1979, the year I met my husband on St. Patrick’s Day. 1979, the year my life changed and I met my knight in shining armour who swooped me onto his steed and into a whirlwind courtship. We were dating for only three months before we became engaged. Would I recommend that for everyone? Oh, heavens no. But it seemed to work for us and is still working 38 years later. It’s as if I “conjured” up his appearance, because shortly before I met my husband, I had become quite disillusioned with how romantic life had been going for me. I was only 25 so I was still a babe in the woods, yet I felt the clock ticking. It was like that back then in the 70s although many were starting to defer marriage and family for college and career.  I had college and career under my belt and I was looking to the future. I had internally voiced a heartfelt prayer: “Dear Lord, I have come to the conclusion that the thing I want most in life is to serve a husband and family.”   And then lo and behold, I was at a friend’s party and I saw a handsome gent walk in and he turned my head. A thought surfaced immediately as I sat on a bar stool in my friend’s party room, “Don’t get ahead of yourself. If you are meant to meet him, you will.”  I would find out that evening that he was the brother of a new acquaintance of mine and from a big Irish family; and one who prized family, loyalty and clanship as much as I did. Everything in his clan was about family and sticking together. It seemed as if I met a match for me, and the rest is history. Of course some will say that my prayer and my future husband’s appearance shortly thereafter was all sheer coincidence; however, I still fancy the idea that magic occurs on this earthly realm, and I still fervently hold to the idea that a Higher Power heard my prayer and answered it!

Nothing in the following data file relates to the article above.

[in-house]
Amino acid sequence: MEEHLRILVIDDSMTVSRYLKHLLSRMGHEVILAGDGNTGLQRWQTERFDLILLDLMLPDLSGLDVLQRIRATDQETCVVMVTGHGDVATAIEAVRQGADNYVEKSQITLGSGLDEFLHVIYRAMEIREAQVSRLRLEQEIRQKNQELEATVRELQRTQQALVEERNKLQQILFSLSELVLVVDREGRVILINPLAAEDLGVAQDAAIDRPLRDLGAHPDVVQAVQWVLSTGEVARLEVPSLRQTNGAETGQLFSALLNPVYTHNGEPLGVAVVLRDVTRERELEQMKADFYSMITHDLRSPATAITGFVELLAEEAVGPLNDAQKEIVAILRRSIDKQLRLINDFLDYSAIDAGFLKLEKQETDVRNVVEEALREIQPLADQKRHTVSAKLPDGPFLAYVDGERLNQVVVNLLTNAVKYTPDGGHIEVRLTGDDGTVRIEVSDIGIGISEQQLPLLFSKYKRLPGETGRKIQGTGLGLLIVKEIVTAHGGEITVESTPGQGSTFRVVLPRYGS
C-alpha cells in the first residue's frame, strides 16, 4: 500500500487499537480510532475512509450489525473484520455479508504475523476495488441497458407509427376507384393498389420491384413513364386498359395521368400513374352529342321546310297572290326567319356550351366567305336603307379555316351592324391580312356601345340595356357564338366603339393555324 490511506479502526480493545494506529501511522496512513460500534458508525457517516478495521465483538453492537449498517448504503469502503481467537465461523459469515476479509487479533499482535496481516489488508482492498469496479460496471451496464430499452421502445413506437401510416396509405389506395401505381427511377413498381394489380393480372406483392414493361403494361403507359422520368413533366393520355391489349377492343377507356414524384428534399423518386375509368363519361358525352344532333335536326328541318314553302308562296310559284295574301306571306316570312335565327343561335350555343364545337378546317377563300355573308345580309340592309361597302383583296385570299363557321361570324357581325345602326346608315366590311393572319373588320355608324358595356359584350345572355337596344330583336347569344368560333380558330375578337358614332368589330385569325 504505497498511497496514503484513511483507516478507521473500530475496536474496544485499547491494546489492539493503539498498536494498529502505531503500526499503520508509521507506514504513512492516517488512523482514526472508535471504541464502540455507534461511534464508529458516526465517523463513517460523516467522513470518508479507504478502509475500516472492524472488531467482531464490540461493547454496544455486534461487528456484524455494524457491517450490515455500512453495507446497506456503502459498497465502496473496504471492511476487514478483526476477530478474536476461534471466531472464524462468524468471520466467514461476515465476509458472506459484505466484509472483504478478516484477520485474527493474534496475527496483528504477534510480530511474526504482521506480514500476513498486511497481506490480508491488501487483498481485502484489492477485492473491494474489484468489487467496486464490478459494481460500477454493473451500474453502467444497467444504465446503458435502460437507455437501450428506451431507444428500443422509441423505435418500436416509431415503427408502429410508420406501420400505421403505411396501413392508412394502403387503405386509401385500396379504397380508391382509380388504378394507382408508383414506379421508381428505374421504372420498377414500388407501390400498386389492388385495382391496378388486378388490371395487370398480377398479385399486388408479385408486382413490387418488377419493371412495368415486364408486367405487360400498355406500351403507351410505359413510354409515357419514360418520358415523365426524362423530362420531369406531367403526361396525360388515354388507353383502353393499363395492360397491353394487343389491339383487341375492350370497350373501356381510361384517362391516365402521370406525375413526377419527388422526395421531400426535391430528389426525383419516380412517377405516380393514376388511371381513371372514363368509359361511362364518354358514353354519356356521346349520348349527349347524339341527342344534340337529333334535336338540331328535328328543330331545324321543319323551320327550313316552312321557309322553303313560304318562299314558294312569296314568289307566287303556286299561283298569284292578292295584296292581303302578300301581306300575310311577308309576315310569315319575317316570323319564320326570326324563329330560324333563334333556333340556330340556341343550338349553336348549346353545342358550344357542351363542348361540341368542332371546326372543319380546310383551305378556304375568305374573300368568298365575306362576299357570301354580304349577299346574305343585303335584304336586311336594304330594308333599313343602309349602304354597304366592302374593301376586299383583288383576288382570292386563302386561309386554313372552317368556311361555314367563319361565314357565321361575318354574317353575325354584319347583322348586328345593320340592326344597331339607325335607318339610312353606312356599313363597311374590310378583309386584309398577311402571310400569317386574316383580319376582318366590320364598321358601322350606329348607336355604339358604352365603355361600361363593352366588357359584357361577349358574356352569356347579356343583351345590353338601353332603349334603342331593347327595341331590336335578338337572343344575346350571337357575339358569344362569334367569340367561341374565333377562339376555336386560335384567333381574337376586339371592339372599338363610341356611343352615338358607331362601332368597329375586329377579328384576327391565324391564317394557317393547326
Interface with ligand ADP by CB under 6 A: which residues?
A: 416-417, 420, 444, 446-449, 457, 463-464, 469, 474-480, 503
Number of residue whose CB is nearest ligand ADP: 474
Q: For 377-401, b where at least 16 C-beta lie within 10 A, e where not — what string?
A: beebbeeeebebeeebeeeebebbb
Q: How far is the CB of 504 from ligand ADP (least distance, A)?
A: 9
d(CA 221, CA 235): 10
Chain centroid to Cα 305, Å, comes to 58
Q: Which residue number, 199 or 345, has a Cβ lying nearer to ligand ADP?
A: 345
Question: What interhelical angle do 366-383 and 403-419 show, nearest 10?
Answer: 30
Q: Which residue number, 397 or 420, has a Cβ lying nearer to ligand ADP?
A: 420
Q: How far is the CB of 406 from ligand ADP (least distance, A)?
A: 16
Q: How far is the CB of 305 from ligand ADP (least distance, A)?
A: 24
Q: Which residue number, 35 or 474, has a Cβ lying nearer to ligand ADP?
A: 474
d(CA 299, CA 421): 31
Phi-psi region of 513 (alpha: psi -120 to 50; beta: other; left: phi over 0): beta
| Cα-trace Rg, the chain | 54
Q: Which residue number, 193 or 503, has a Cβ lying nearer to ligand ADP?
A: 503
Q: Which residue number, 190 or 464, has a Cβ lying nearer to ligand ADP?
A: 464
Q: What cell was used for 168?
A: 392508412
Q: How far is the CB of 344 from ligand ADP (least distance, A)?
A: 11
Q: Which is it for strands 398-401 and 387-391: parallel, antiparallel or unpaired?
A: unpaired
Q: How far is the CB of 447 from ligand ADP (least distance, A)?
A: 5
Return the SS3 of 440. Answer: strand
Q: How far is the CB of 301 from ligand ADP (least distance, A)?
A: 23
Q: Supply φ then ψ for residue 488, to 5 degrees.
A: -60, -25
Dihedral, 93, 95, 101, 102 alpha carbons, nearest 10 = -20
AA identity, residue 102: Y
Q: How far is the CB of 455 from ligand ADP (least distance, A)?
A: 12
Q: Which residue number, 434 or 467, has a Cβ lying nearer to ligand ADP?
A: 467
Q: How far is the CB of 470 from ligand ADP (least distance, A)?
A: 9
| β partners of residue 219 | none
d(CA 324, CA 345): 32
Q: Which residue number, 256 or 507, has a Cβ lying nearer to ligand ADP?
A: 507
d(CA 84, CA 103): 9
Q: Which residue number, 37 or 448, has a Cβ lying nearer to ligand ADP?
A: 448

As soon as those rumble-tumble roll of memories faded in my brain, a whole new set came pouring in, all inspired by that 1979 silver dollar. This time the words “silver dollar” conjured up memories and it’s something that I think about from time to time and work over in my brain, “what if?”   You see, my Father had a collection of silver dollars he had been throwing into a small box in a dresser drawer. These did not contain copper, they were all silver.   They were a beautiful sight to behold because one day, for sure, they were going to be considered rare and quite valuable. Otherwise, why wasn’t my Father spending them? The little box became quite heavy over the years and he must have been collecting them for a couple of decades.